Earlier today Imperial College submitted its annual report on compliance with the Research Council’s open access policy to RCUK. The RCUK OA policy envisages a five year journey after which 100% of RCUK funded scholarly papers should be available as open access in 2018. To support the transition to open access, RCUK have set up a block grant that makes funds available to institutions to cover the cost for article processing charges (APCs) and other OA-related expenses. Funds are awarded in relation to RCUK research funding for institutions, and Imperial College has the second largest allocation, just behind Cambridge and followed by UCL. The annual reports to RCUK give an overview over institutional spend and on compliance.
The headline figures for the 2015/2016 College report are:
- £1,051,130 block grant spend from April 2015 to March 2016
- 89% overall compliance, split in 31% via the gold and 58% via the green route
- 570 article processing charges paid at an average cost of ~£1,800
- The top five publishers are: Elsevier, Wiley, Nature, ACS and OUP
Like every year when discussing the RCUK report figures I think it is important to highlight that compliance rates between universities cannot meaningfully be compared without understanding the data sources and methods used. Just to give one example: the College could also have reported 81% green and 8% gold from the same data.
Why do I caution against directly comparing the numbers? For starters, research-intensive universities find it difficult to establish what 100% is. With hundreds, or in the case of Imperial College many thousand papers published every year we rely on academics to manually notify us for each paper who the funder is. Even though the College has made much progress improving its processes and data over the past few years we have to acknowledge that data collected through such a process will never be complete or fully accurate. For the College report we decided, like in the previous years, to base our analysis on outputs we know to have been RCUK-funded. For this year the size of the sample was 1,923 papers (compared to 1,326 in 2014). With a different sample the numbers would have been different, and other universities may have taken a different approach to analysing the data.
Sadly, it is currently not easy to establish whether an output was made available open access. Publishers do not usually add licensing information to metadata, and searching for manuscripts deposited in external repositories is possible but not necessarily accurate. The process we used for analysis was:
- Cross-reference the sample with the journal list from the Directory of Open Access Journals; class every article published in a full OA journal as compliant ‘gold’.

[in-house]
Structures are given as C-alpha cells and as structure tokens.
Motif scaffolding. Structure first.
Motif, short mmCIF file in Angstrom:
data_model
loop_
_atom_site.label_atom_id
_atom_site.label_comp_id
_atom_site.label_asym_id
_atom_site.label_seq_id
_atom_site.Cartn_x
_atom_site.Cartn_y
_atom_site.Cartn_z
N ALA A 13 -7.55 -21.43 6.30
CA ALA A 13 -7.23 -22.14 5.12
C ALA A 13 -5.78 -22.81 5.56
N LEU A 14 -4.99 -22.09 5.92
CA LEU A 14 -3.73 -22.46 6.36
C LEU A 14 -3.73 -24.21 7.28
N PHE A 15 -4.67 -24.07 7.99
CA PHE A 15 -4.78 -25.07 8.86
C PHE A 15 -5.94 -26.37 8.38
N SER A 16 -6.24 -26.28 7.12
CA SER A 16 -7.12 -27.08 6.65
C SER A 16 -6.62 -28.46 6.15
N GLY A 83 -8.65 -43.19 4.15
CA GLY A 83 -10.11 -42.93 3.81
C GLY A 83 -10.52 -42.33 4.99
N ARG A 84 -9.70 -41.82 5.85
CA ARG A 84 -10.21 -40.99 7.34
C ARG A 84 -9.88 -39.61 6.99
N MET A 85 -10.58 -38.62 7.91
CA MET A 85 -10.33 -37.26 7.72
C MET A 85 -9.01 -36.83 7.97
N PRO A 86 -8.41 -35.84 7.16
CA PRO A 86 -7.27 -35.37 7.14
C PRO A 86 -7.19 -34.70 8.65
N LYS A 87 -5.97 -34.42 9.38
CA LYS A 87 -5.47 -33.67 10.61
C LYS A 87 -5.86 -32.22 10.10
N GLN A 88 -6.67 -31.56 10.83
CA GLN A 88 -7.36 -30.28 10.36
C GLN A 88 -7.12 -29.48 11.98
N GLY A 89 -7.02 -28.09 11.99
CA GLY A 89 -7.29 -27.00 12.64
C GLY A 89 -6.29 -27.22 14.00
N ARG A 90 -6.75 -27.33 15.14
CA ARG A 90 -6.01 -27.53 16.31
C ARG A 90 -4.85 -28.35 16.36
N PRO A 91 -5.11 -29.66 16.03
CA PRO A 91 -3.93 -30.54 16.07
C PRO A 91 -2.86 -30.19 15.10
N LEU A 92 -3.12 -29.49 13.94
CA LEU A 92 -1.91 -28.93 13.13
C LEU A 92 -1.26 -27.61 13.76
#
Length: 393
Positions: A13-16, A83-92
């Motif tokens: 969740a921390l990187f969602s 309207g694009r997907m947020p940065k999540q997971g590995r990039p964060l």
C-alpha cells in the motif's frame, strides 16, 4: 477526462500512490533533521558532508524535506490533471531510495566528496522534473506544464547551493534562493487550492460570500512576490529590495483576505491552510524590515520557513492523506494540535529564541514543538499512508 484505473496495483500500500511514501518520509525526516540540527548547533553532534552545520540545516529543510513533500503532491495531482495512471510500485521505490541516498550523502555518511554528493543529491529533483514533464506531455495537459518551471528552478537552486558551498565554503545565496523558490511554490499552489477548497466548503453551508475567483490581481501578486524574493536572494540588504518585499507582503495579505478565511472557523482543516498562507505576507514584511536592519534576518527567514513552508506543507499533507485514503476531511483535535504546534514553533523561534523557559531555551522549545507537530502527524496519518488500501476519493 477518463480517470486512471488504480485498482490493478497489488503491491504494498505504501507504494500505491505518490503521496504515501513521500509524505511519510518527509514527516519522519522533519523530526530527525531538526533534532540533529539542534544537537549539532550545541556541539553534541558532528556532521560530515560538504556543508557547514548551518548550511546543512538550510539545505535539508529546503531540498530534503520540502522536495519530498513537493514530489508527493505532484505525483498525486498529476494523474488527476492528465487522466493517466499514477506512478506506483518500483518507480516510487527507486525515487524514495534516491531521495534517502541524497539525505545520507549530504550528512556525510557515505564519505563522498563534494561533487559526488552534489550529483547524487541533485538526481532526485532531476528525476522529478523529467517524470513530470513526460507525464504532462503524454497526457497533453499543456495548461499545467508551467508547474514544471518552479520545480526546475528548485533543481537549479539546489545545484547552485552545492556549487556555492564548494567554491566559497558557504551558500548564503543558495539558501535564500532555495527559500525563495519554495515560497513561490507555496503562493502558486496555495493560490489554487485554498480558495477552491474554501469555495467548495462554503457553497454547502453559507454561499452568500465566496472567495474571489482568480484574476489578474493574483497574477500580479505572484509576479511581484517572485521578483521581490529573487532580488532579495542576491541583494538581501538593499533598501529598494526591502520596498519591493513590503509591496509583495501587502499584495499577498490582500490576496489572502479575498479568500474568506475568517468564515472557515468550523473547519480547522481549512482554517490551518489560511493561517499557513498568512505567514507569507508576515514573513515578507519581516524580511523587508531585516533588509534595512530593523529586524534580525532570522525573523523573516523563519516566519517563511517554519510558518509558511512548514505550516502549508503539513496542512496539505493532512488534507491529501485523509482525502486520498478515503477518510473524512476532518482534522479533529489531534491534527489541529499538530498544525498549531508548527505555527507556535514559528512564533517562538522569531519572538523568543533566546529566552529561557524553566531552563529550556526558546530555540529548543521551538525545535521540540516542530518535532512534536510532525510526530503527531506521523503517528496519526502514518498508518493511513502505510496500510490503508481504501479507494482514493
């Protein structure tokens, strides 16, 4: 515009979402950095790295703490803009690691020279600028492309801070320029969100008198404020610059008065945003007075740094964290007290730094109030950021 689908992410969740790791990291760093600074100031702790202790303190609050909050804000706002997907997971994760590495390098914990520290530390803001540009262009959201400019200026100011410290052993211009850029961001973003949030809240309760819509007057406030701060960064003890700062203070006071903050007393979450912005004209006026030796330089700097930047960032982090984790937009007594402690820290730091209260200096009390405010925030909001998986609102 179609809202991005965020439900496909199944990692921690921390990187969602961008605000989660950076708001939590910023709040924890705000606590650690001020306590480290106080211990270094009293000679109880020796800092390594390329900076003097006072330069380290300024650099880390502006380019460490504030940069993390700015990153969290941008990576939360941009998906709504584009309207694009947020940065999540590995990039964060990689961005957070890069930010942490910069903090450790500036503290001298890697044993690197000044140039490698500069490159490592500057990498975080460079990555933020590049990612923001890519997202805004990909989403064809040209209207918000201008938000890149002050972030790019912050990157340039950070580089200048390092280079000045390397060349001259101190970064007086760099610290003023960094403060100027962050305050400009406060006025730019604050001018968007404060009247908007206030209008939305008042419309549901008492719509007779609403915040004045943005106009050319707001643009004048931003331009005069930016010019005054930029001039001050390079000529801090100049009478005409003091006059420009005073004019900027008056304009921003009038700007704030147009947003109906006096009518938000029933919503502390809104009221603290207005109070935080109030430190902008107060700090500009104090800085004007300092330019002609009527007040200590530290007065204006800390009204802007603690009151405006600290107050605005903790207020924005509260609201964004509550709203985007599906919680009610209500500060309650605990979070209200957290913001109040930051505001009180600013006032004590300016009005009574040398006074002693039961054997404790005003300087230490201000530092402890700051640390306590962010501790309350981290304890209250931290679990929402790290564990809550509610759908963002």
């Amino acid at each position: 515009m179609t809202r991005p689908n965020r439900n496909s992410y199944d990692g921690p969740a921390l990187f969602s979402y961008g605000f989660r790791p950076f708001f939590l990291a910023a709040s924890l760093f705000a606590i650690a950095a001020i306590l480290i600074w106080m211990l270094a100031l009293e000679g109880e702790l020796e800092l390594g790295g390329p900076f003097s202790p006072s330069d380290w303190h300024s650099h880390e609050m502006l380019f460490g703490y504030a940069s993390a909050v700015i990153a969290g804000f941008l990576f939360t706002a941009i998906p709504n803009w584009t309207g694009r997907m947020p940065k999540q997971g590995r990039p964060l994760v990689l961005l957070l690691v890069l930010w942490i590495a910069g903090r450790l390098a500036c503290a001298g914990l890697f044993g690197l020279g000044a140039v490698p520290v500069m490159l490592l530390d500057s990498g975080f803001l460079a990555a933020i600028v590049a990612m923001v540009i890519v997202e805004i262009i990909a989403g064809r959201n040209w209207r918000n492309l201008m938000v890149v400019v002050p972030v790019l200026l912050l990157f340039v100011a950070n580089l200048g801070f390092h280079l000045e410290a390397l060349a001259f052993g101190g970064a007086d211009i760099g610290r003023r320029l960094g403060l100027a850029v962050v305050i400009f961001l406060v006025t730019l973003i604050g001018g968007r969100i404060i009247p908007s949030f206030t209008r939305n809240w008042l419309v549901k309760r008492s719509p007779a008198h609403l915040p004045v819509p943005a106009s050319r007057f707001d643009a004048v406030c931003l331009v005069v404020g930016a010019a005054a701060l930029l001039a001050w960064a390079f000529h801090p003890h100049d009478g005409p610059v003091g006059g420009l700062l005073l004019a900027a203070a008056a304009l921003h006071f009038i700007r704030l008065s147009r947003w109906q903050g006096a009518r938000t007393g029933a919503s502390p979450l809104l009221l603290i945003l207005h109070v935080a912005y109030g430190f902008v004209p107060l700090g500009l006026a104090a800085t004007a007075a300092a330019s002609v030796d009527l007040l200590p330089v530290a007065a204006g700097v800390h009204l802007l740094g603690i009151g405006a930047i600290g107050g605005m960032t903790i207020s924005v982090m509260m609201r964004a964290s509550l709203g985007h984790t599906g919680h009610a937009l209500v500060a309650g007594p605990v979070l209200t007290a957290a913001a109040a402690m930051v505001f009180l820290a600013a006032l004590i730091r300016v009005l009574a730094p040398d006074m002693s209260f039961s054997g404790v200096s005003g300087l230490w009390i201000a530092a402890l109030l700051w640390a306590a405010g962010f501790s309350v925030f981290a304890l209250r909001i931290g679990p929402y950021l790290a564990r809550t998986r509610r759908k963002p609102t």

- Take the remaining articles and cross-reference with the list of articles for which the College Library has paid an APC; class all those articles as compliant ‘gold’.
- Take the remaining articles and cross-reference with the outputs from ResearchFish that show a CC BY license; class all those articles as compliant ‘gold’.
- Take the remaining articles and cross-reference with list of outputs deposited in the College repository Spiral; class all those articles as compliant ‘green’.
- Take the remaining articles and cross-reference with list of outputs that have a Europe PubMed Central ID; class all those articles as compliant ‘green’.
As in previous years we also put remaining outputs through Cottage Labs Lantern tool but this showed no additional open access outputs. The main reason for that, I suspect, is the high compliance via the green route: some 81% of outputs in the sample had been deposited to the College repository Spiral or to Europe PMC. As the College prefers green over hybrid gold it would have been in line with our policy to report them as green, but as the RCUK prefers gold OA we decided to report all outputs know as gold as such, like in previous years.
I could write more about reporting issues around open access, but as I have done that on a few other occasions I refer those who haven’t suffered enough to my previous posts.
One other caveat should be raised for those planning to analyse the APC spend in comparison with previous years: The APC article level data is based on APCs paid during the reporting period. This differs from the APC data reported in the previous period which was based on APC applications published. There are, therefore, a small number of records duplicated from the previous year. These have been identified in the notes column.
If you want the data from the full report, please visit the College repository: http://hdl.handle.net/10044/1/40159
I would like to thank everyone involved in putting the information together, especially colleagues in the Central Library’s open access team.